Impeachment surprise: Bills Congress could actually pass in 2020

Impeachment surprise: Bills Congress could actually pass in 2020
© Getty Images

It’s hard to imagine worse conditions in Washington. And as the partisan positioning and media madness of impeachment give way to the partisan positioning and media madness of the 2020 election, conventional wisdom tells us the likelihood of Congress passing anything that matters next year is bleak.

The best part about conventional wisdom, of course, is proving it wrong.

There is plenty of reason to think that’s possible next year, if you look beyond the daily outrage at the work of key committees with a proven track record of passing legislation — and especially to that narrow window between impeachment and the election. In fact, there are crucial reforms, more surgical than sweeping, that if passed will have a lasting impact on the lives of Americans (if not the headlines), on issues that consistently move swing voters right now. 


The first is health care transparency legislation, to give consumers the information they need to shop around for medical care and end surprise billing (a problem any voter who has received a medical bill understands). Advocates such as Sen. Lamar AlexanderLamar AlexanderSenate GOP faces retirement brain drain The Hill's Morning Report - Presented by the National Shooting Sports Foundation - CDC news on gatherings a step toward normality Blunt's retirement deals blow to McConnell inner circle MORE (R-Tenn.), chairman of the Committee on Health, Education, Labor and Pensions, argue it would take a system-wide whack at health care costs — the main issue driving the concerns of voters.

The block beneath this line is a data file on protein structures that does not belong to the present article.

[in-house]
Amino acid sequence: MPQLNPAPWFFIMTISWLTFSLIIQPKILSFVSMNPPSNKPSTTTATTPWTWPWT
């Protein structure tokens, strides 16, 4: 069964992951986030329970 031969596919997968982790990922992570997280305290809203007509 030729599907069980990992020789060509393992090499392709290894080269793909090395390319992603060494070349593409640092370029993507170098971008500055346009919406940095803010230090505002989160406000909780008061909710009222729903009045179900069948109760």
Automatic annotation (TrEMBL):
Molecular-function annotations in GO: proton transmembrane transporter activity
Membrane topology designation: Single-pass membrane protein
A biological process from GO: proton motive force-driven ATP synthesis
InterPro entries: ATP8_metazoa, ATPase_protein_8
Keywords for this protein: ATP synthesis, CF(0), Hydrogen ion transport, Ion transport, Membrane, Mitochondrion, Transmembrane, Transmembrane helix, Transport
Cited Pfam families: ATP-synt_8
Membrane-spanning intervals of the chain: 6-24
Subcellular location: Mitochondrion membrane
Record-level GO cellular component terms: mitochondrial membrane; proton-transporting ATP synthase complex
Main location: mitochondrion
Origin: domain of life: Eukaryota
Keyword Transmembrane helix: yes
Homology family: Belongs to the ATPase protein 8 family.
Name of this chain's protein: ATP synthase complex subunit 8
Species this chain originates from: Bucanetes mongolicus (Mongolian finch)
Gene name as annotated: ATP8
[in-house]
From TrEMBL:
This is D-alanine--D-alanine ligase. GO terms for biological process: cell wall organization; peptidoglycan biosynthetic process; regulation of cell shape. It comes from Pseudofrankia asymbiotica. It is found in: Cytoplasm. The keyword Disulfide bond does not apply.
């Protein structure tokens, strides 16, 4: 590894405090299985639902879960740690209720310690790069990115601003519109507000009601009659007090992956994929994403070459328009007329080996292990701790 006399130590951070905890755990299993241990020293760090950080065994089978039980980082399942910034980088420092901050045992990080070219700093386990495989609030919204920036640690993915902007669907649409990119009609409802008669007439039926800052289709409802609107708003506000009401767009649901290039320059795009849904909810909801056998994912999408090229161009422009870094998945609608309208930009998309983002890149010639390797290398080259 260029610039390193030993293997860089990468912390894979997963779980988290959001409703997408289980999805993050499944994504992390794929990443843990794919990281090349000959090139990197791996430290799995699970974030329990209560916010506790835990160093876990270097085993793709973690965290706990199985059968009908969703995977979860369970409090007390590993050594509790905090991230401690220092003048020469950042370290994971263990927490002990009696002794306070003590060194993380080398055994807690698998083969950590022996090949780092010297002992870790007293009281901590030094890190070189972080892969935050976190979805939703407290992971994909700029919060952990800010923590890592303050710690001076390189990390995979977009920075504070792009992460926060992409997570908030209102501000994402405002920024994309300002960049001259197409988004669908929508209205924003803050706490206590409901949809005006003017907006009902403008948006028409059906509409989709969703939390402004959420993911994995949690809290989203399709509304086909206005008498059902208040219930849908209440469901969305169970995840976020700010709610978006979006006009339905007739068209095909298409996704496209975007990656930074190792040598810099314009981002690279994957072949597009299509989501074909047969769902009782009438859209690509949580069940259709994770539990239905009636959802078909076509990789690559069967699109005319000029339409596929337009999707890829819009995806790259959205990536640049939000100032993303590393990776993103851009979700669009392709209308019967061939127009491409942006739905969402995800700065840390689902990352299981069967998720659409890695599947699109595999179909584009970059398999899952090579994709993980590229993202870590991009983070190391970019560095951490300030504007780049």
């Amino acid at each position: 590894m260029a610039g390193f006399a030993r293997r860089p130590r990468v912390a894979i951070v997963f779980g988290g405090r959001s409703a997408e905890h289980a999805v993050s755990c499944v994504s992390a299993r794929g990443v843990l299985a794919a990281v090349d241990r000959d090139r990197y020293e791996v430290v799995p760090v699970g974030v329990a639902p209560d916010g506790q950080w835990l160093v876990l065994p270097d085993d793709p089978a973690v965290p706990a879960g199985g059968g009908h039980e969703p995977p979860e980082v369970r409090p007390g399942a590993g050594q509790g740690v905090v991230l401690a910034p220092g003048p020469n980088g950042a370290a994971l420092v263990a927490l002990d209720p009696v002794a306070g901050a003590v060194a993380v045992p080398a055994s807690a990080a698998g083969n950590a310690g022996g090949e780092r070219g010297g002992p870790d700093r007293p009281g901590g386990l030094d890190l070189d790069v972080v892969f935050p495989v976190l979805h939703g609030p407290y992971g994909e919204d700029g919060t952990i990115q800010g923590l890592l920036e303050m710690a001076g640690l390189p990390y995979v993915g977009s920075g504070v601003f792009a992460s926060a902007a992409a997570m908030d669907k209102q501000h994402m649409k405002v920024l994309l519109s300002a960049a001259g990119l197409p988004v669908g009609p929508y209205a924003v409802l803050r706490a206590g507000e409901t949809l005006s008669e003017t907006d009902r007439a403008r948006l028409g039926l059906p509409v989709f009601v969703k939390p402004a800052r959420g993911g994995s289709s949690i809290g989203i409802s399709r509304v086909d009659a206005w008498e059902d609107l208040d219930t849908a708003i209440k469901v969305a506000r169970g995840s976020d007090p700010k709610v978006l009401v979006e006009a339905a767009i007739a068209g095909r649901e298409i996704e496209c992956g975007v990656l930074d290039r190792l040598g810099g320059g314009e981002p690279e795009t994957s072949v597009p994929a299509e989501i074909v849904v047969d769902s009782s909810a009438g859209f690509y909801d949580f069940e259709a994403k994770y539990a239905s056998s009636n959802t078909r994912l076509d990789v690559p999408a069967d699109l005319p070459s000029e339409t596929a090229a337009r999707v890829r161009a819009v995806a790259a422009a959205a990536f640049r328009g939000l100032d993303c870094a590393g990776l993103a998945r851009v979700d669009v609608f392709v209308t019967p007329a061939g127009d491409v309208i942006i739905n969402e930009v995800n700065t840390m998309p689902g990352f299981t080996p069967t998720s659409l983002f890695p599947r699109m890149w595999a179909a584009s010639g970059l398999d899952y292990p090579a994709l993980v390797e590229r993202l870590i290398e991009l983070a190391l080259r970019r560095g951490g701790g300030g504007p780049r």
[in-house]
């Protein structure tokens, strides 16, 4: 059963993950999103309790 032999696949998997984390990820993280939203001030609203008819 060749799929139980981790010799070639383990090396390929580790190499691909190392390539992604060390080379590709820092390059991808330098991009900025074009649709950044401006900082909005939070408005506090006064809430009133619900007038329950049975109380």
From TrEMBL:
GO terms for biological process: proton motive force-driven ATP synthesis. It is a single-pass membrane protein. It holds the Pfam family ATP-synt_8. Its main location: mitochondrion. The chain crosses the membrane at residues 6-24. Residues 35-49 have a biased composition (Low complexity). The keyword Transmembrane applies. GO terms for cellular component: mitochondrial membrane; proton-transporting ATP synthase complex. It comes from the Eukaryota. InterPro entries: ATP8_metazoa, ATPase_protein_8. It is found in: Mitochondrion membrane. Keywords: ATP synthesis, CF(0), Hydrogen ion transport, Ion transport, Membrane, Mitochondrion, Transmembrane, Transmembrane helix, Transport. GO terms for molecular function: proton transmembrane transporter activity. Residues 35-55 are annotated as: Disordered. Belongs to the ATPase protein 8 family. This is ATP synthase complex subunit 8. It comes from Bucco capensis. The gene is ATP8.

Alexander, known for finding narrow lanes for bipartisan bills, says impeachment actually makes this and other high-impact, low-profile reforms more likely as lawmakers scramble afterward to show they can get things done before November. “I don’t see how it benefits either the Democrats or the Republicans to go to the voters next fall and say, ‘We didn’t do anything,’” Alexander told me. “I think the country is going to say, ‘OK, what else can you guys do?’”

(Full disclosure: I worked for Alexander in the Senate and on the campaign trail. When Congress literally ground to a halt in the first government shutdown in nearly 18 years in 2013, my job was to write statements that he would promptly rewrite because he actually knew what was going on.)

Health care transparency may have that rare blend of support needed in divided government. 

In addition to Alexander’s bipartisan proposal, President TrumpDonald TrumpDC goes to the dogs — Major and Champ, that is Biden on refugee cap: 'We couldn't do two things at once' Taylor Greene defends 'America First' effort, pushes back on critics MORE elevated the issue with an executive order on Nov. 15. Over the weekend, U.S. Reps. Frank Pallone (D-N.J.) and Greg WaldenGregory (Greg) Paul WaldenLobbying world Give Republicans the climate credit they deserve Fox hires former GOP lawmaker Greg Walden as political consultant MORE (R-Ore.), chairman and ranking member, respectively, of the famously productive House Committee on Energy and Commerce (relative to the low standard set by other committees), announced a bipartisan agreement with Alexander on legislation in both chambers of Congress. Reps. Mike GallagherMichael (Mike) John GallagherRepublicans see record fundraising in months after Capitol breach Bipartisan lawmakers signal support for Biden cybersecurity picks Republicans downplay military's extremism issue in hearing MORE (R-Wis.) and Ed PerlmutterEdwin (Ed) George PerlmutterDemocrats urge Biden to take executive action on assault-style firearms Colorado governor, spouse test positive for COVID-19 Rep. Rick Allen tests positive for COVID-19 MORE (D-Colo.) have another bipartisan proposal targeting all major sectors of the industry that could fit any number of legislative or executive fixes. Democrats have widely acknowledged this issue as a priority — a former Obama administration official even called the president’s executive order a “game changer.”